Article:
“Almost everything, all external expectations, all pride, all fear of embarrassment or failure, these things just fall away in the face of death, leaving only what is truly important. Remembering that you are going to die is the best way I know to avoid the trap of thinking you have something to lose.” ~Steve Jobs
You wouldn’t be reading news on your phone now if it weren’t for this man. You wouldn’t have your iPod, Macbook, iPhone and iPad if this genius did not fight his way back to Apple. You wouldn’t feel this sad about the passing of someone you didn’t know, if you didn’t think he was an amazing human being. He was. Steve Jobs at 56, founder of Apple, died of pancreatic cancer on Wednesday.
The world’s internet masses pay tribute to Jobs today. Since becoming Apple’s chief executive in 1997, he has revolutionized the computer, film and music industries. Everyone who has worked with him calls him single-minded, stubborn and extremely focused on making Apple’s products better and faster.
From The Guardian:
“He has been described as a “control freak” and was known for rejecting hundreds of ideas in the quest for his personal idea of perfection. He launched new products himself, in carefully crafted “Stevenotes” that attracted adoring crowds and received massive press coverage. He opened hundreds of shops to sell Apple products.”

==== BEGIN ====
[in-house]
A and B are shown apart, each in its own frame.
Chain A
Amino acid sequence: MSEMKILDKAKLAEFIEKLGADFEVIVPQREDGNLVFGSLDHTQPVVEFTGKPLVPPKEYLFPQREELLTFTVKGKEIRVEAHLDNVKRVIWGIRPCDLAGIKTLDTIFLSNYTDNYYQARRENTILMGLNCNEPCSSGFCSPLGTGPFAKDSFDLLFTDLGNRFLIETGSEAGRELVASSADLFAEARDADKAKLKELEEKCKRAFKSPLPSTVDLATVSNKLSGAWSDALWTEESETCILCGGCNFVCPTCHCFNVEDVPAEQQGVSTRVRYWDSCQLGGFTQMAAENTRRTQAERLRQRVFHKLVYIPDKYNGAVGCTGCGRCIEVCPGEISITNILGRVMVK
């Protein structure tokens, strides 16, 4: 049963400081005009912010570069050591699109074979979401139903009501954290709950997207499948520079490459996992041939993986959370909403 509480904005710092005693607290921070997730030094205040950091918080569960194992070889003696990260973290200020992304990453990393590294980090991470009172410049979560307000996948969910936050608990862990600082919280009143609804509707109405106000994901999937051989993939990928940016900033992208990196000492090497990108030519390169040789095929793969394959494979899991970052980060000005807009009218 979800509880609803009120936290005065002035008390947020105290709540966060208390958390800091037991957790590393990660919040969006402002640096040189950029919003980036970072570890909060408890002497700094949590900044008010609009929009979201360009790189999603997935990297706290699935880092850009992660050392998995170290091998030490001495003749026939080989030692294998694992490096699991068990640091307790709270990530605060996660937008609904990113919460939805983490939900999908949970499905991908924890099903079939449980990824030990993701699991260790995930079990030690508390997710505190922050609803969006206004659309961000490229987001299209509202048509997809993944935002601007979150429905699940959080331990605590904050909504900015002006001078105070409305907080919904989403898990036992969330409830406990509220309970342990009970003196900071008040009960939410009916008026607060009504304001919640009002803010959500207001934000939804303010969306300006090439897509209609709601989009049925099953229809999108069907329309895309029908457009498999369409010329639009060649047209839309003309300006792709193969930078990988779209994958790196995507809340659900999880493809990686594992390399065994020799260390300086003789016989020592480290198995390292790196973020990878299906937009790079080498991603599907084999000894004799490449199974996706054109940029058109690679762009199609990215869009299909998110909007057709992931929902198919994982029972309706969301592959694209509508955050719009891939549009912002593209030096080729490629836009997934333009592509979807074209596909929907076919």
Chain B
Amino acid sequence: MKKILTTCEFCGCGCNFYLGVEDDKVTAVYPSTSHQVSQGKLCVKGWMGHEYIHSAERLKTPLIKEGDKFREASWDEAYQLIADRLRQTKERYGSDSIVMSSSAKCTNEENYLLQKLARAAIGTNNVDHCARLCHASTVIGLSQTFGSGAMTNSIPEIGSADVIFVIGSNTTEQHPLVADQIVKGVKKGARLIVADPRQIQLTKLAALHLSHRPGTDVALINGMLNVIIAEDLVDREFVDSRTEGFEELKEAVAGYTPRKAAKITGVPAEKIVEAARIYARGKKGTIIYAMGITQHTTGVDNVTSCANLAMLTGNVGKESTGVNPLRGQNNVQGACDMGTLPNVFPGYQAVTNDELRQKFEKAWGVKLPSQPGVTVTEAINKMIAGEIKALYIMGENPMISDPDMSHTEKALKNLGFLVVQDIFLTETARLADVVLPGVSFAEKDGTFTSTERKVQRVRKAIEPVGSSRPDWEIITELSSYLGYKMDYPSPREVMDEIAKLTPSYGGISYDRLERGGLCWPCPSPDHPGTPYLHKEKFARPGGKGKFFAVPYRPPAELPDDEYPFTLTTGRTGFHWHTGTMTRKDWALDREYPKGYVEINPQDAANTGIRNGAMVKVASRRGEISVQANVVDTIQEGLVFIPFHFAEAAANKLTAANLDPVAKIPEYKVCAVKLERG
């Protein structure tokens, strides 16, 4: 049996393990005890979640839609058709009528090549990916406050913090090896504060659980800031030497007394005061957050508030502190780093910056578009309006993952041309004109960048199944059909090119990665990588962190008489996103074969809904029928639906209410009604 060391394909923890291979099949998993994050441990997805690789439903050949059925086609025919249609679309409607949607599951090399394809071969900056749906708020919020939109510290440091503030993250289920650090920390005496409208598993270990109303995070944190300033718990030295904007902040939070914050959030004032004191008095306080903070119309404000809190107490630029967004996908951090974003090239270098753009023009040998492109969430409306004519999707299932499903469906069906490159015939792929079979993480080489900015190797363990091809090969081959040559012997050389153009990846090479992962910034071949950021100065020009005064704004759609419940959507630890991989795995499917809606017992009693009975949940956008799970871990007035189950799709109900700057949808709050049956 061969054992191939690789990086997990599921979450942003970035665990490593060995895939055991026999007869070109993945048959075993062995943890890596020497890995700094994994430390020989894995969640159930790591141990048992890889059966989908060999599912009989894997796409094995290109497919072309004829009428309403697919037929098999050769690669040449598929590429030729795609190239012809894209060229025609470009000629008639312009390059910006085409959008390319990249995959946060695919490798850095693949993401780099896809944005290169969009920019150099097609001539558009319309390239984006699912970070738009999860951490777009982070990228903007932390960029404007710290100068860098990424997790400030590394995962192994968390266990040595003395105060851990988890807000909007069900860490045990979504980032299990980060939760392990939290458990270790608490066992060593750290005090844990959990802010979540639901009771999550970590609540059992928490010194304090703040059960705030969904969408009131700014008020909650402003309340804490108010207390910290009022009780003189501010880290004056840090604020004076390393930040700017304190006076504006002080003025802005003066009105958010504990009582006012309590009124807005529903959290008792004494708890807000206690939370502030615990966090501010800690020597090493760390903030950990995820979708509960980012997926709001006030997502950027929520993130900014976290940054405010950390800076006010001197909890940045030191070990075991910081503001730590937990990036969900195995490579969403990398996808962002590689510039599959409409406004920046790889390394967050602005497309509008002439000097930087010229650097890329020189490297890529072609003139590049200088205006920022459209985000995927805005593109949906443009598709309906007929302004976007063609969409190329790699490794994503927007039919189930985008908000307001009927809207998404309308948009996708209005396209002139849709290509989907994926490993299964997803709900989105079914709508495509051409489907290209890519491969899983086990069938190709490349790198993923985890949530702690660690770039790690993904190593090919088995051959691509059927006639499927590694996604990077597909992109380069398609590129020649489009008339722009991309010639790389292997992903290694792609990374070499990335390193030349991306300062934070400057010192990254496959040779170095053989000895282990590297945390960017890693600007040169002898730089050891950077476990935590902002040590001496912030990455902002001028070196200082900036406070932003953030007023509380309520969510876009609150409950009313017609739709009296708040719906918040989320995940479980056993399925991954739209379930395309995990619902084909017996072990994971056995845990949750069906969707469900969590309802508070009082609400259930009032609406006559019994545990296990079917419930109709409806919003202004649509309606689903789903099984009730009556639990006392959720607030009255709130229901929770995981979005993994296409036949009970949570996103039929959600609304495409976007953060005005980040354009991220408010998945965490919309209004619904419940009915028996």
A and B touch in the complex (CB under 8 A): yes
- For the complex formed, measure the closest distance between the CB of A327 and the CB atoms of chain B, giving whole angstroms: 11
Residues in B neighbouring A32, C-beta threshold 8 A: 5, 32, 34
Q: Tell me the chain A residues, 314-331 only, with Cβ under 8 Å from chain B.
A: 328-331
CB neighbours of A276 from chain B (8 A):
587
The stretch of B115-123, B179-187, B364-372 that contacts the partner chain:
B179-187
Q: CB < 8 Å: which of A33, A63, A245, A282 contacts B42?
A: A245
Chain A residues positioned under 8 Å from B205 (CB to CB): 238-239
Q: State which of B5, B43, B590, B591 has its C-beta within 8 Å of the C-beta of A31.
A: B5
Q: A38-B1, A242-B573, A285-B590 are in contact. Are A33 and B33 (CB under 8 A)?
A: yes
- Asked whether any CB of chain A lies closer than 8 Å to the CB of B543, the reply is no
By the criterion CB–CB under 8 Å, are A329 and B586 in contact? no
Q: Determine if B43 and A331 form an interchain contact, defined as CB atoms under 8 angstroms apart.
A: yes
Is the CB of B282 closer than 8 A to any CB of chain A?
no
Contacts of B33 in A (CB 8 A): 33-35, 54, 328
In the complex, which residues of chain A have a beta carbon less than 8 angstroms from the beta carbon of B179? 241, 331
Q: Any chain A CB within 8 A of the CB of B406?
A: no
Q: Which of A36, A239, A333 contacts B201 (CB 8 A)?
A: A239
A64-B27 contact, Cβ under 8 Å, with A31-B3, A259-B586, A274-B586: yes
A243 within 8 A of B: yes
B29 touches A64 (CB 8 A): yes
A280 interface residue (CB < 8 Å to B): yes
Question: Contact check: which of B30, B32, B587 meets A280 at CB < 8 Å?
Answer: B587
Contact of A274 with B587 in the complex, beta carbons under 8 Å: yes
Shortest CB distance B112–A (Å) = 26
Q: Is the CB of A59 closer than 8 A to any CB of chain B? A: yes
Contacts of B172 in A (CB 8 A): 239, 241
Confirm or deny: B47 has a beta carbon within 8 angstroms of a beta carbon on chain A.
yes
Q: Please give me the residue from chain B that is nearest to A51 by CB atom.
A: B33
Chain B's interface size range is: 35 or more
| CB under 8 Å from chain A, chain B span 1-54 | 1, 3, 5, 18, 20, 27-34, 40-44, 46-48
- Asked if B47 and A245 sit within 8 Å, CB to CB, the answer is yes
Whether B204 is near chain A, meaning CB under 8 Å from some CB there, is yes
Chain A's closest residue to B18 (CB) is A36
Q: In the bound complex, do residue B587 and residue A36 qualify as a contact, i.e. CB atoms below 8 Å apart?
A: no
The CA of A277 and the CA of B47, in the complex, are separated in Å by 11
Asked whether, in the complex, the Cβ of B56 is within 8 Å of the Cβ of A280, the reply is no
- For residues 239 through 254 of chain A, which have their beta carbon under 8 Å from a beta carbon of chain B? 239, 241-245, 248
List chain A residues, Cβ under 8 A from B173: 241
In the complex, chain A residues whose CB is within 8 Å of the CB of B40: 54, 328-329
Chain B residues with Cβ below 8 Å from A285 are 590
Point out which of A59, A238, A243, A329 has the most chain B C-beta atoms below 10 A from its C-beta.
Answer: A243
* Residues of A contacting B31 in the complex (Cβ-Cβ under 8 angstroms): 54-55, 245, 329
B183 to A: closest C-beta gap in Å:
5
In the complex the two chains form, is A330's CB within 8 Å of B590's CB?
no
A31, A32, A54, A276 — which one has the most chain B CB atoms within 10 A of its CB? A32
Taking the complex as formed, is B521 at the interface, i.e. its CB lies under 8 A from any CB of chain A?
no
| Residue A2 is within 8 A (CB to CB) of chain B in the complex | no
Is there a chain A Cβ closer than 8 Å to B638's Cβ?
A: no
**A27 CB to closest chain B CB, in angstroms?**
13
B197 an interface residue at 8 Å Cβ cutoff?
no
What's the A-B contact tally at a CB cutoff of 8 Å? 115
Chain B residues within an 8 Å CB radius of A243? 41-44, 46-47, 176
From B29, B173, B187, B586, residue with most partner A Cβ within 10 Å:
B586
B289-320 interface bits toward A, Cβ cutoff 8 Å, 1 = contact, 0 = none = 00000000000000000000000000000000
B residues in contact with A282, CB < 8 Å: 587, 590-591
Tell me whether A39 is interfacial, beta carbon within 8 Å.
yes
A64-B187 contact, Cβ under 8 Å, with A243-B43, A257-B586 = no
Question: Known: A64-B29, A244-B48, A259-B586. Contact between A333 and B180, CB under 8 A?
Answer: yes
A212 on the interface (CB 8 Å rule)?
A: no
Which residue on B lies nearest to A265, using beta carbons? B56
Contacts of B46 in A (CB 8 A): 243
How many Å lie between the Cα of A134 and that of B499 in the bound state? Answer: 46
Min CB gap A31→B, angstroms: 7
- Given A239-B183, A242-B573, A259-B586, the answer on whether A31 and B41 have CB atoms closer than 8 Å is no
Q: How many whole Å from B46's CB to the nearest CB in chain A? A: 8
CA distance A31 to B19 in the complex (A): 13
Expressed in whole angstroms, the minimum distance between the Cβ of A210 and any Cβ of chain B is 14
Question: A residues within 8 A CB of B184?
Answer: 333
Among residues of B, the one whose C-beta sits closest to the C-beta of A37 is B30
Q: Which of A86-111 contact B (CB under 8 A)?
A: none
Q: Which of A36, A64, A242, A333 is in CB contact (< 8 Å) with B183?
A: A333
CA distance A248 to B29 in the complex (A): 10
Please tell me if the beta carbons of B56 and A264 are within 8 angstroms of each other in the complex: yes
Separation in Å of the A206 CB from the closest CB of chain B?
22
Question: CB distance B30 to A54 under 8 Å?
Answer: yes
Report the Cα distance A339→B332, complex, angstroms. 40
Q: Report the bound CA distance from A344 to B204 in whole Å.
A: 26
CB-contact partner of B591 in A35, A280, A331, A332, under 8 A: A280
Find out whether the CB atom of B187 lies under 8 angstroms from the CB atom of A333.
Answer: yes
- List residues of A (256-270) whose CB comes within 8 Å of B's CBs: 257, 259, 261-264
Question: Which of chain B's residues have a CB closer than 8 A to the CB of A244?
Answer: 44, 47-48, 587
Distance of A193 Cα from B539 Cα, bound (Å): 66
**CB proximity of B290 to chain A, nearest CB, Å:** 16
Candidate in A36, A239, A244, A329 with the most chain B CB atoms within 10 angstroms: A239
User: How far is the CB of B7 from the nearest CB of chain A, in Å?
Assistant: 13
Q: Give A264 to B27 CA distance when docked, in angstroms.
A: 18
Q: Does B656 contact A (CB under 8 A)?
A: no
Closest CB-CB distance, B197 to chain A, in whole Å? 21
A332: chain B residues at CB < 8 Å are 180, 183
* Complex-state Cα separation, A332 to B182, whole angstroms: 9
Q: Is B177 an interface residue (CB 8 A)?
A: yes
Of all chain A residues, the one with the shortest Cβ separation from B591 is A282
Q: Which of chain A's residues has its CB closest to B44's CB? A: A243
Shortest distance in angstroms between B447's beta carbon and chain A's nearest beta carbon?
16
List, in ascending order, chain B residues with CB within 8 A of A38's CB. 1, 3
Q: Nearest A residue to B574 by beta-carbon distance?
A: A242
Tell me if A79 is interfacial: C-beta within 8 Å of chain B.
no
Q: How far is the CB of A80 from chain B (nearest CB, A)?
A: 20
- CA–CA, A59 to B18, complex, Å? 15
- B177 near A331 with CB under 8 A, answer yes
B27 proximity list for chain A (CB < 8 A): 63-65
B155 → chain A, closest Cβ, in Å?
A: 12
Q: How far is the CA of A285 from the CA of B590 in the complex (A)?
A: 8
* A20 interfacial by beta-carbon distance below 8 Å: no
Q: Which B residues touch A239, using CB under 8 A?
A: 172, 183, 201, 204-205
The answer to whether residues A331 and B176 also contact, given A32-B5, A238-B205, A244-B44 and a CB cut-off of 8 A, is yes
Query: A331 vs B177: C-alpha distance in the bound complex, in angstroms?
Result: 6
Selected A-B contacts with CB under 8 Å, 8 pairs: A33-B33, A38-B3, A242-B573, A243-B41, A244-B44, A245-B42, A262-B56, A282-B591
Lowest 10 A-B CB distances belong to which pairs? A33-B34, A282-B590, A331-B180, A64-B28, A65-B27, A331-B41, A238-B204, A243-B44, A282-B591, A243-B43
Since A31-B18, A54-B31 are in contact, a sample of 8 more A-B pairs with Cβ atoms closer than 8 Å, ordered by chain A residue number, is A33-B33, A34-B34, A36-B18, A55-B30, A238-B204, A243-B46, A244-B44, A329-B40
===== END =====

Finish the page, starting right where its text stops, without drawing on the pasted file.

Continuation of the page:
He has changed the world with his well designed and superb consumer products and services. He has built a lifestyle around these and understood us even before we understood ourselves.
Time magazine writes:
“Beyond his measurable successes, though, Steve Jobs claims one spot in history above all others: He realized what we wanted before we understood it ourselves.
We wanted easy to use. We wanted to lose ourselves in what our gadgets did. We wanted sleek, cool, streamlined – things that weren’t always associated with consumer electronics. We wanted the relationship between object fetish and functionality to be indistinguishable. We wanted to touch the future without seams that would yank us out of our communion with our machines. We wanted, in short, intricate simplicity.”
A stevejobsday2011.com website devoted to the event invited people to dress up as the Apple co-founder or talk about him, whether at real-world gatherings or at online venues such as Facebook and Twitter. Wear a black turtleneck on October 14 and join the rest of his inspired fans as they celebrate and remember his extraordinary life. You can RSVP on Facebook here.
Here’s an inspiring video of Steve Jobs delivering the commencement speech at Stanford University in 2005.
Steve Jobs will never be forgotten. Here’s more about him.